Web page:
On December 22 last year, the AAP government notified a Commission of Inquiry headed by former Solicitor General of India, Gopal Subramanium, to look into alleged malpractices and financial irregularities in the functioning of Delhi & District Cricket Association (DDCA) and maladministration of the game of cricket in Delhi.
The Delhi Cabinet had passed a resolution to set up the Commission of Inquiry after a three-member committee gave its ‘report’ on “maladministration” in the DDCA.
The AAP had attacked Finance Minister Arun Jaitley, who had been the DDCA president during a part of the period of inquiry, for “financial irregularities”, though he had not been named in the inquiry report.
The controversy resulted in a criminal defamation complaint and a civil defamation suit for Rs 10 crore in damages being filed by Jaitley against Chief Minister Arvind Kejriwal and five other AAP leaders. Both cases are pending before courts.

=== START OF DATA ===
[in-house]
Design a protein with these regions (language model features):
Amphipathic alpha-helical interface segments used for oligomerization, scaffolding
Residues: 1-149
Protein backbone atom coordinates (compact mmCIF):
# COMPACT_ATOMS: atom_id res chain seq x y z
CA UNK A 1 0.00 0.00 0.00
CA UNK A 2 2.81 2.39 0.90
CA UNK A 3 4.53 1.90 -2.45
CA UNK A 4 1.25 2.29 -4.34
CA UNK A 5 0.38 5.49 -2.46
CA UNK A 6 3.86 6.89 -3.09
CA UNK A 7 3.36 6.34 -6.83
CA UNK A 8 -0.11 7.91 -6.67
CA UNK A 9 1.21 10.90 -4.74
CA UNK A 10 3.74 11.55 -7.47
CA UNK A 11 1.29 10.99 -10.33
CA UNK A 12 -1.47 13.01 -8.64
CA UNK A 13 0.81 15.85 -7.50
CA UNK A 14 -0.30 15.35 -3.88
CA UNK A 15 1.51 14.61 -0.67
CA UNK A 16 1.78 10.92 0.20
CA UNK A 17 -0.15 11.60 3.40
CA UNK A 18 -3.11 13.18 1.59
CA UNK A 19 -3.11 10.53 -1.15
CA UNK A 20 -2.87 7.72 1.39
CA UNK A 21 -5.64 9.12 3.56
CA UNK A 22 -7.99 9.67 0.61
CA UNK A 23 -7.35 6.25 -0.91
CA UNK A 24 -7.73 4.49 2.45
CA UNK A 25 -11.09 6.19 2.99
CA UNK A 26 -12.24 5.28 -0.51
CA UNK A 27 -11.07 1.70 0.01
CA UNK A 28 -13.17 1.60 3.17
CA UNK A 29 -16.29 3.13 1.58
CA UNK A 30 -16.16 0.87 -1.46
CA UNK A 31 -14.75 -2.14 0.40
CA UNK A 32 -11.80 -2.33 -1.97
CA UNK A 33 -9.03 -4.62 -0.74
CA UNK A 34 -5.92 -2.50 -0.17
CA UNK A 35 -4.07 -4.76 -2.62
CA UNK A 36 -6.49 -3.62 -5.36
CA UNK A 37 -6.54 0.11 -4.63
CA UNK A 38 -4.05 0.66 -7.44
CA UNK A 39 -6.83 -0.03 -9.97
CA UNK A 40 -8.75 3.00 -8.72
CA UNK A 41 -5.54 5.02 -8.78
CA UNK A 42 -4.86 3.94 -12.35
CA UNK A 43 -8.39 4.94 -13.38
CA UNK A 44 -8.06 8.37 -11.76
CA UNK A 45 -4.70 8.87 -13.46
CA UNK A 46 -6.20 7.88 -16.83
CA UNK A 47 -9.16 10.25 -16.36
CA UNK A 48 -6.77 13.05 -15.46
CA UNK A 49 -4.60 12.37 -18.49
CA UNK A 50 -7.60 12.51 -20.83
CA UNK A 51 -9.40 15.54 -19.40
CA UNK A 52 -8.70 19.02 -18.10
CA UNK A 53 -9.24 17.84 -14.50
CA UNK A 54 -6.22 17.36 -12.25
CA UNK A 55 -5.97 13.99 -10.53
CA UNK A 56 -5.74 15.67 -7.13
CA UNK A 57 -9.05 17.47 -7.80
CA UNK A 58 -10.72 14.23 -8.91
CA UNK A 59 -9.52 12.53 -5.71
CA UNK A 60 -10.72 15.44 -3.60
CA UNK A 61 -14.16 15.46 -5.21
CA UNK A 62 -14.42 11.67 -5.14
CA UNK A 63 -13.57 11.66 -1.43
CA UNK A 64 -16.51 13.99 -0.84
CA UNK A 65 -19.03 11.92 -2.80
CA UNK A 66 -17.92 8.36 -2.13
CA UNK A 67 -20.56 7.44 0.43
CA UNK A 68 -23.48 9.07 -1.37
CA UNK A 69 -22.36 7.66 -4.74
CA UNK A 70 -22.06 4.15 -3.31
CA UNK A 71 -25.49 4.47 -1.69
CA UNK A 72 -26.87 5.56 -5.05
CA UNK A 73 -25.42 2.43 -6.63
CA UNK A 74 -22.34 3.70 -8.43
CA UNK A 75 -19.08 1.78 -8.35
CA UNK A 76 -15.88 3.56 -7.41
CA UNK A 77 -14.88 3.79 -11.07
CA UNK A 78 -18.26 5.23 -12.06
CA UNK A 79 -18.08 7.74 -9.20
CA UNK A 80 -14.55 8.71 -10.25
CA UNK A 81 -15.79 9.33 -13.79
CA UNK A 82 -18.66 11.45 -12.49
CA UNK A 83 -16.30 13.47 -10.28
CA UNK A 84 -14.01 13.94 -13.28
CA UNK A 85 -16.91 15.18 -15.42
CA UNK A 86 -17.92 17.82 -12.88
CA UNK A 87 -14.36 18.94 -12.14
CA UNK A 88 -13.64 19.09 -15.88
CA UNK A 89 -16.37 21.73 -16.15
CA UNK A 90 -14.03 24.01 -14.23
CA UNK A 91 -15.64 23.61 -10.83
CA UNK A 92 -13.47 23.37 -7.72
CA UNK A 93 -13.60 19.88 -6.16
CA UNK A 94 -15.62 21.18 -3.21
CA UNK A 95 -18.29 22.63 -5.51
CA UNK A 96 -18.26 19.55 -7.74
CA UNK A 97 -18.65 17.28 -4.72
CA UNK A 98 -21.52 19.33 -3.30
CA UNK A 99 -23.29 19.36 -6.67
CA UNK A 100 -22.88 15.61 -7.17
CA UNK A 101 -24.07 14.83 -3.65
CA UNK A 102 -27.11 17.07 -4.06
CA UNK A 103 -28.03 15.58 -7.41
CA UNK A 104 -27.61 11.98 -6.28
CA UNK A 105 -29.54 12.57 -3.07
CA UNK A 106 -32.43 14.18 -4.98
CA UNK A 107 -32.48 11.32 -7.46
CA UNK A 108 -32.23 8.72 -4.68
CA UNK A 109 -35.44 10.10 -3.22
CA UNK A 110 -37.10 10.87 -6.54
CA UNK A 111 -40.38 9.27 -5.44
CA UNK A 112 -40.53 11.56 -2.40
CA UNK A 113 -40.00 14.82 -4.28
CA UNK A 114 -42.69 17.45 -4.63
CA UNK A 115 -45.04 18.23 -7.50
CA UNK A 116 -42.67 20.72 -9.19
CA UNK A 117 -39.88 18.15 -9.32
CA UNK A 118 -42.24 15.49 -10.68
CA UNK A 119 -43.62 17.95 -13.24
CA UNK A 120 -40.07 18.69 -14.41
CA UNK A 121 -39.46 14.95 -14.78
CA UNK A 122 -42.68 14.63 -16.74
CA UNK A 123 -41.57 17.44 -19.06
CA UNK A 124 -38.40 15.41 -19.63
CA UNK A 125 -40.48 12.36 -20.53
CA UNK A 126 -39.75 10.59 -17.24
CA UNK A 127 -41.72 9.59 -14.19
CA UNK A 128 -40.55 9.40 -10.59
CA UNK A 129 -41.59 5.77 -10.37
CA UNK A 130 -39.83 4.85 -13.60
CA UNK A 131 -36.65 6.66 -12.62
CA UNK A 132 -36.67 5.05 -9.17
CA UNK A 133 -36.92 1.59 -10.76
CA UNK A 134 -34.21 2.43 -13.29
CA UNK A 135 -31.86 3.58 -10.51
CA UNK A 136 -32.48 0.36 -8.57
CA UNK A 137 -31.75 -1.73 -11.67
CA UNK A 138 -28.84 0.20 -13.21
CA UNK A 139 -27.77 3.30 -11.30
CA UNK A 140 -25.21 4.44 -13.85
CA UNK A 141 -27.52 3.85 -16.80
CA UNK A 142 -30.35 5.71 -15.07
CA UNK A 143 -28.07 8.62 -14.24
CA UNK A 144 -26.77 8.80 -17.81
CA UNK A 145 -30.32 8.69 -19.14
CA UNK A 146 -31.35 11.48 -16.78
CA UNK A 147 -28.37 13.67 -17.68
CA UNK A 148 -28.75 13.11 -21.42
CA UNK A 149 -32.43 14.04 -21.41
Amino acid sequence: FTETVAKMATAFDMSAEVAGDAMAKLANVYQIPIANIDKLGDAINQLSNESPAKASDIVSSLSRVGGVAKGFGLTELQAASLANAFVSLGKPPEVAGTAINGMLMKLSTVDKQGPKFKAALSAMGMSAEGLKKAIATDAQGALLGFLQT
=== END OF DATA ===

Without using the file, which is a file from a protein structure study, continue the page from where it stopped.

Meanwhile, the LG, in January, issued a letter declaring that the Commission of Inquiry notification issued by the Directorate of Vigilance was “illegal and unconstitutional”, as the files had not been sent to the LG. Days after the central government letter, a PIL was filed before the Delhi High Court by advocate Ramakant Kumar, challenging the validity of the commission.
The HC Thursday held that the Delhi government did not have the power to set up a Commission of Inquiry.
“Central government is the appropriate government to appoint such commissions. Notification of appointment of the commissions could not have been issued without seeking views of the LG,” said the HC.
The Delhi government had also decided to set up a commission to probe the CNG fitness scam, in which former CM Sheila Dikshit was also named.